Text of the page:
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Old 08-12-2005, 09:14 AM   #27
rob_liberti
Dojo: Shobu Aikido of Connecticut
Location: East Haven, CT
Join Date: Jul 2004
Posts: 1,402
United_States
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Re: "Traditional budo" and "Fighting art"

Warning, this is probably my more opinionated post yet.

MMA/BJJ folks believe in their training progression because they have noticeable results against resistance. The thing is, I can say the same thing about my aikido practice. When I first started, I couldn't move sandans in aikido around the way I move them around now. I would say that I believe in the/my aikido process for the same reason they believe in theirs. I find myself able to do more and more sophisticated things against people that anyone would consider strong. As I continue my current path of aikido (primarily cooperation) with level-appropriate resistance, I _know_ I will approach the level of resistance that MMA folks would consider "live" and I plan not to be using much arm strength to deal with them (while standing up). I agree it will take longer for me to get there my way -- no argument there. However, I also believe that I will have the chance to test out what I'm doing in certain situations against aikido people who can resist much, much more forcefully and skillfully (in some respects) than I could almost anywhere else - and I don't have confidence I could get there any other way than what I'm doing now. Of course, I'll continue to branch out and try out what I'm doing with non-aikido people too because that is fun and interesting (and important to me) as well. This is, of course, all my opinion based on my experiences.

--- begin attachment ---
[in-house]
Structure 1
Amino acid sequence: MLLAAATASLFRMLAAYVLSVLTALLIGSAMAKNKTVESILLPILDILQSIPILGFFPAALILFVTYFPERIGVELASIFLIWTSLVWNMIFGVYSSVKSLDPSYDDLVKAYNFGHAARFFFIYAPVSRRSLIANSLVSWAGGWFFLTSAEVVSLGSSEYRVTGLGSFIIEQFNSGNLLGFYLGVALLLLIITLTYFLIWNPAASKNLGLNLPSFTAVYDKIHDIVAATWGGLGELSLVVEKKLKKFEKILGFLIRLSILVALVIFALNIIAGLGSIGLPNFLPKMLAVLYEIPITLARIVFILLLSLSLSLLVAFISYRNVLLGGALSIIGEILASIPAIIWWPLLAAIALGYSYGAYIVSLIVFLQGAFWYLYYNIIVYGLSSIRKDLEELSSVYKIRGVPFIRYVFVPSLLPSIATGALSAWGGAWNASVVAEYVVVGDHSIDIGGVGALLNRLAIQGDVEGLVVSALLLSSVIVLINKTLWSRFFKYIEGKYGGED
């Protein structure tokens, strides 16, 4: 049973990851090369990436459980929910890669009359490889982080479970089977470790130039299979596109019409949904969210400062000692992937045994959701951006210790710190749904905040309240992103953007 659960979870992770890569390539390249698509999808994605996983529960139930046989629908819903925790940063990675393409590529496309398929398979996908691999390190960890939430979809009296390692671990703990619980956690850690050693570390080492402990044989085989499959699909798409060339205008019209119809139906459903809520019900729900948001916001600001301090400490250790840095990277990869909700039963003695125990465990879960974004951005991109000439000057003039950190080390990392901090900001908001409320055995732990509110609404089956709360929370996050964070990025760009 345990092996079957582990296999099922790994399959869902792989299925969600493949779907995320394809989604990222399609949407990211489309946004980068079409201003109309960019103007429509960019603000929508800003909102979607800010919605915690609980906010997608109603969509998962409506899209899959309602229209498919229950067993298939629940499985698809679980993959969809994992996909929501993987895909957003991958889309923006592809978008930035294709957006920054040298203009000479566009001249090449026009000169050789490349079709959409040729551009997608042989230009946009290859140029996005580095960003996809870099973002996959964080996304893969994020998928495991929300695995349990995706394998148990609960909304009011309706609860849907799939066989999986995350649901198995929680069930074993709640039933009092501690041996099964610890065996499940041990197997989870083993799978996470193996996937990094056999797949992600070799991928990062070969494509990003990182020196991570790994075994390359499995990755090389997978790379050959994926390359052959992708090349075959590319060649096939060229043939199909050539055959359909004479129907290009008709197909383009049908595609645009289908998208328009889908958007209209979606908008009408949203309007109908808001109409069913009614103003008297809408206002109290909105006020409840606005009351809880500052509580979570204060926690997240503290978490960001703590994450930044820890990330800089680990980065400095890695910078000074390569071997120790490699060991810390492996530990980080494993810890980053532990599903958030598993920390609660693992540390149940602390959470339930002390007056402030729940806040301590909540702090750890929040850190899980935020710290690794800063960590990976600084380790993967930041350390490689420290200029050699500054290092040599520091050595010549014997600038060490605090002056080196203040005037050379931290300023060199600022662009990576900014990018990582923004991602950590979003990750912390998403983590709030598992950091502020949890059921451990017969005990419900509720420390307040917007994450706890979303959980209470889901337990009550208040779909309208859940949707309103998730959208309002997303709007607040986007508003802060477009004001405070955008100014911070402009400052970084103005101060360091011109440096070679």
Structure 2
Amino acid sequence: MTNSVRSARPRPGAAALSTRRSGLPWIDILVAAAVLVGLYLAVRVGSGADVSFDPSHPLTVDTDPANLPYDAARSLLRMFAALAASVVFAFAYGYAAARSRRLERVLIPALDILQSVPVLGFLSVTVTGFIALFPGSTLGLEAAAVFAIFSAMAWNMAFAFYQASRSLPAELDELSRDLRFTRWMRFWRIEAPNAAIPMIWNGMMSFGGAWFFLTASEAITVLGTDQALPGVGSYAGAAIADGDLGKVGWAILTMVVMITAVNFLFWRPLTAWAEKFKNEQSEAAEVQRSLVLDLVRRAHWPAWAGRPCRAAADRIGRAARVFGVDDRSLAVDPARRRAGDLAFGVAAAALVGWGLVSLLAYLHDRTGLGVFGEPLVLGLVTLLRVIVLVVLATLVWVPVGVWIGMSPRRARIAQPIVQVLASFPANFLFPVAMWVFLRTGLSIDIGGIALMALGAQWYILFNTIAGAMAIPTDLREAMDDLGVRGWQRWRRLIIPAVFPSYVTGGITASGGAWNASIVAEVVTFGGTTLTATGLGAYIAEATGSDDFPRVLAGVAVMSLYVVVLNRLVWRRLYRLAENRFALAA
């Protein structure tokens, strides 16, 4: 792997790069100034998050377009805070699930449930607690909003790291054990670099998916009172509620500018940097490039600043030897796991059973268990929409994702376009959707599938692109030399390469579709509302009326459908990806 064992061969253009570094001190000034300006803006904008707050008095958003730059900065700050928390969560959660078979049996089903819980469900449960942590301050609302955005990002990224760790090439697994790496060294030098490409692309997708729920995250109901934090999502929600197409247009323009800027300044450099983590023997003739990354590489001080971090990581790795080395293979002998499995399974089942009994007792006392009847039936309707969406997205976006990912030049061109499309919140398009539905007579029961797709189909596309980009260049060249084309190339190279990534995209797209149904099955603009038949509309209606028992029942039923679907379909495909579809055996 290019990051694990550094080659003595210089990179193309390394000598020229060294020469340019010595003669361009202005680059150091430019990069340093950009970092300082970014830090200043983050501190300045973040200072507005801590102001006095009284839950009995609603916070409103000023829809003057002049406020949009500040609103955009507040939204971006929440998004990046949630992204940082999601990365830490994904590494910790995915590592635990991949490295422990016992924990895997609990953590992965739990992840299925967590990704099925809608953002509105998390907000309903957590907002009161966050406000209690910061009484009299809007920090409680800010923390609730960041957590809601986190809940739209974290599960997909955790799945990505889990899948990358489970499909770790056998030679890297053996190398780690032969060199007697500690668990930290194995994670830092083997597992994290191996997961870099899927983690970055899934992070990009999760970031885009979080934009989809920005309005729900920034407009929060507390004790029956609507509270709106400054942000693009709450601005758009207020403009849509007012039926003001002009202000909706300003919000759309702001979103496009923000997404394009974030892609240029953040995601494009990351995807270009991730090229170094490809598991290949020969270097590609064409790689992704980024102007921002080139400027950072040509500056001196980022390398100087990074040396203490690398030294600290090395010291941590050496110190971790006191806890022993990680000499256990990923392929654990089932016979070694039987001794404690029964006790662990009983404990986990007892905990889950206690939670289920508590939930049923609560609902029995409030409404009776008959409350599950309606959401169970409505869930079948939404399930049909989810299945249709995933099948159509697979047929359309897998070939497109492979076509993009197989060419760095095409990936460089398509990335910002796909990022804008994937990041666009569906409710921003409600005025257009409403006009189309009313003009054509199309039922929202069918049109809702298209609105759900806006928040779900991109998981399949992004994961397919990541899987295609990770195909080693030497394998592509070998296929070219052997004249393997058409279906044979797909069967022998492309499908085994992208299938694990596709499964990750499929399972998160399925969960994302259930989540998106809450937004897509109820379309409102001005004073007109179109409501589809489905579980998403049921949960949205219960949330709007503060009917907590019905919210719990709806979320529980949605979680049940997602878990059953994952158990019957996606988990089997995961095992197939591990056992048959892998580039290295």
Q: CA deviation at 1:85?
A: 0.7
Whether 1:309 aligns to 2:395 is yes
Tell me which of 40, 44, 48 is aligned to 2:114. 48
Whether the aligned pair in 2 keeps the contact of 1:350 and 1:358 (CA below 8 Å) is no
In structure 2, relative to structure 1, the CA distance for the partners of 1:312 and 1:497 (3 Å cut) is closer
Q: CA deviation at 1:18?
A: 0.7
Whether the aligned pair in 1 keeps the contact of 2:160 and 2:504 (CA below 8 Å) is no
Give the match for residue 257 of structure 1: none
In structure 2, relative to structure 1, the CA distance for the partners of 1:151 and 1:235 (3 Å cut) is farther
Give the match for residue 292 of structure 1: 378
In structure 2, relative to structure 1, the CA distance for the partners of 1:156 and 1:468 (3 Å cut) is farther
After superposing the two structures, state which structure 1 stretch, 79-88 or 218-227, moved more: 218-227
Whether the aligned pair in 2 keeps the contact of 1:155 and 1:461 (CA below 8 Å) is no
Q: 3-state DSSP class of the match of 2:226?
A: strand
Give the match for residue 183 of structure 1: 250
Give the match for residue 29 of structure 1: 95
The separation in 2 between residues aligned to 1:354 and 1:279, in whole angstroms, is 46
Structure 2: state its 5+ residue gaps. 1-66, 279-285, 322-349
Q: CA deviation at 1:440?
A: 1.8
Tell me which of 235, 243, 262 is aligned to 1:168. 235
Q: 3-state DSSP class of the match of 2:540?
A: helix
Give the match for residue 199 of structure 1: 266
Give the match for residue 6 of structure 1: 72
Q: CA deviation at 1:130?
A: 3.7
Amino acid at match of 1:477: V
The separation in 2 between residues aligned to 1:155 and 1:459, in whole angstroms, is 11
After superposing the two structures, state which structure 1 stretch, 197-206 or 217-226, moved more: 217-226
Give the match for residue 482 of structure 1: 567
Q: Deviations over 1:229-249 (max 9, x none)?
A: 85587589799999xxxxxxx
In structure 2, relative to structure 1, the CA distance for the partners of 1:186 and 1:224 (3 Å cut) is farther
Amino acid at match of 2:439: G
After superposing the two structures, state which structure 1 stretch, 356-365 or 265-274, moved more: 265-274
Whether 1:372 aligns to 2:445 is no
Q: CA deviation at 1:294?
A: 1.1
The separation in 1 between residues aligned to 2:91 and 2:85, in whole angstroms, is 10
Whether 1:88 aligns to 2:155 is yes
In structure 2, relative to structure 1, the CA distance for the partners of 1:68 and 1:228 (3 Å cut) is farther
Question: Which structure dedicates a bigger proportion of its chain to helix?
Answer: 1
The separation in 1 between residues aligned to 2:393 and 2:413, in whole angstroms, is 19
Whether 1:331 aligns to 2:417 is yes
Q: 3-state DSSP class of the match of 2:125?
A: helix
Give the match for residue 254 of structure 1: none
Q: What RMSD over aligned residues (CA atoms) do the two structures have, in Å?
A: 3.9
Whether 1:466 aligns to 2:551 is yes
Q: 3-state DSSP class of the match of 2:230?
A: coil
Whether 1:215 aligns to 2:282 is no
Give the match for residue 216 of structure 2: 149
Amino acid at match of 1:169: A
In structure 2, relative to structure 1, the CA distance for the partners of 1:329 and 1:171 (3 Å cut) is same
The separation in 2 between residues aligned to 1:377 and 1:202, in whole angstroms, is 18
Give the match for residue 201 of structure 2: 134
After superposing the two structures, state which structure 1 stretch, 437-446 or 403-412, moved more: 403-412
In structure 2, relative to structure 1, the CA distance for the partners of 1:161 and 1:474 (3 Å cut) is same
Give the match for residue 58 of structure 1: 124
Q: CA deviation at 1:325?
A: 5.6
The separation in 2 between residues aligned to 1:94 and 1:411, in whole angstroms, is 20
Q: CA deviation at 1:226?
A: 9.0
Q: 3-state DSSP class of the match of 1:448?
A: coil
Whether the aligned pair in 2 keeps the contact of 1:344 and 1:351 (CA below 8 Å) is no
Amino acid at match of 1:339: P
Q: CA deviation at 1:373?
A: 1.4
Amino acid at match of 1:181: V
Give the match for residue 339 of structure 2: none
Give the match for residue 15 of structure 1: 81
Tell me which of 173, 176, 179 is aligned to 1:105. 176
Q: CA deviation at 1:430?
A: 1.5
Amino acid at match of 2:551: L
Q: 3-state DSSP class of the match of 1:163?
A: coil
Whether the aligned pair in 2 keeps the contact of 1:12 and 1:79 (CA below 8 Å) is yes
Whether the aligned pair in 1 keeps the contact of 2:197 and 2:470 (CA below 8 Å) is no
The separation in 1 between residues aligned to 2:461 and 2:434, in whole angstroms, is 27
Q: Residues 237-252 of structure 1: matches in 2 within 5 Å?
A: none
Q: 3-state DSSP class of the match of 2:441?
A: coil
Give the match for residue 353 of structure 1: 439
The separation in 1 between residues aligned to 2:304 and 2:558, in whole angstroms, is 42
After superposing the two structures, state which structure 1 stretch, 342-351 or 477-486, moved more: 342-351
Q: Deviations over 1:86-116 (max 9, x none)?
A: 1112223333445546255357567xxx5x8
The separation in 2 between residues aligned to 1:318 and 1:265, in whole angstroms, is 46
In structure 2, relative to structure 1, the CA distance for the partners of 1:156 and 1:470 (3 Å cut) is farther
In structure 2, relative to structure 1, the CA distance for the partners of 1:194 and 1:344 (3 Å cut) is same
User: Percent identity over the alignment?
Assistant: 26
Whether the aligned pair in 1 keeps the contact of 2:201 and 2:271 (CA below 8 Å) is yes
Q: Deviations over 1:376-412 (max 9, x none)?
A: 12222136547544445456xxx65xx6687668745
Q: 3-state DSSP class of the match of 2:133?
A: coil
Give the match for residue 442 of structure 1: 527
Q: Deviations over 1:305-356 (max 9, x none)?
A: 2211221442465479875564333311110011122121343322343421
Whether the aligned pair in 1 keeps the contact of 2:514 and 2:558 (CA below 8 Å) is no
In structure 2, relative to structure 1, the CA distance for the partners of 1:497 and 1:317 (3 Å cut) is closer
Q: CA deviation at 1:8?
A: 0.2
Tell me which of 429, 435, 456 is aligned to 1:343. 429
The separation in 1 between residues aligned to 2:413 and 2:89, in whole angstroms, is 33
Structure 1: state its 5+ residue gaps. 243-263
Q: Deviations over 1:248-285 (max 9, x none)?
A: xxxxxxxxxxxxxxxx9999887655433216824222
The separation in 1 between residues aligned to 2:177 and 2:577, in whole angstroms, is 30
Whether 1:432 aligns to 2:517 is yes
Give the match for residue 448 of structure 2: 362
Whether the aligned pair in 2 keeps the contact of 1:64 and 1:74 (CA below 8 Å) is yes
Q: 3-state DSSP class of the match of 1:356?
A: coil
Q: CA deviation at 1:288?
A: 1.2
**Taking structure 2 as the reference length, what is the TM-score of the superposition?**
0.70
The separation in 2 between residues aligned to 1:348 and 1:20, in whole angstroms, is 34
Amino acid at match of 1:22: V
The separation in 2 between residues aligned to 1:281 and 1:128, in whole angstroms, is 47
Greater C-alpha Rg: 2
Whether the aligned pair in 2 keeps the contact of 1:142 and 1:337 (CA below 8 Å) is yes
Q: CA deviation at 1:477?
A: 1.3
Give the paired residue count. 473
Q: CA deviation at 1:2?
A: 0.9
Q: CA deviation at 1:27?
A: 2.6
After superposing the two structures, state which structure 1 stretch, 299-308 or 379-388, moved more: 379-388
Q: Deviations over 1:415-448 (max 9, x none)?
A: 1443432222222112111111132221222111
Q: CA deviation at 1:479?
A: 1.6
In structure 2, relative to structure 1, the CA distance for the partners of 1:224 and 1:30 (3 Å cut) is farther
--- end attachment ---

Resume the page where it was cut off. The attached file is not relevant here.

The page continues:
I do understand the point about a new/newer student getting more confidence in their effectiveness sooner in a MMA setting than aikido - no doubt. I believe that the nature of "live" training is good in that beginners won't really be allowed to be lazy in their training because someone would be all over him like white on rice. Whereas how good aikido beginners (or anyone in aikido) are WAY MORE up to them and therefore it is less likely that they will be compare to MMA/BJJ folks favorably in general.

However, the required intensity of MMA creates a self-selected student base of people who are able to handle that immediately (I see Ron beat me to the punch on this point). The negative side of this is that it becomes a bit exclusive, whereas my teaching/training methodology is less exclusive. I can take people who are not ready for that level of training intensity and give them the room and the support they need to develop to that level (as well as help people who are aggressive practice toning it down a bit). I think these are important points to consider in favor of the Budo approach.

Rob
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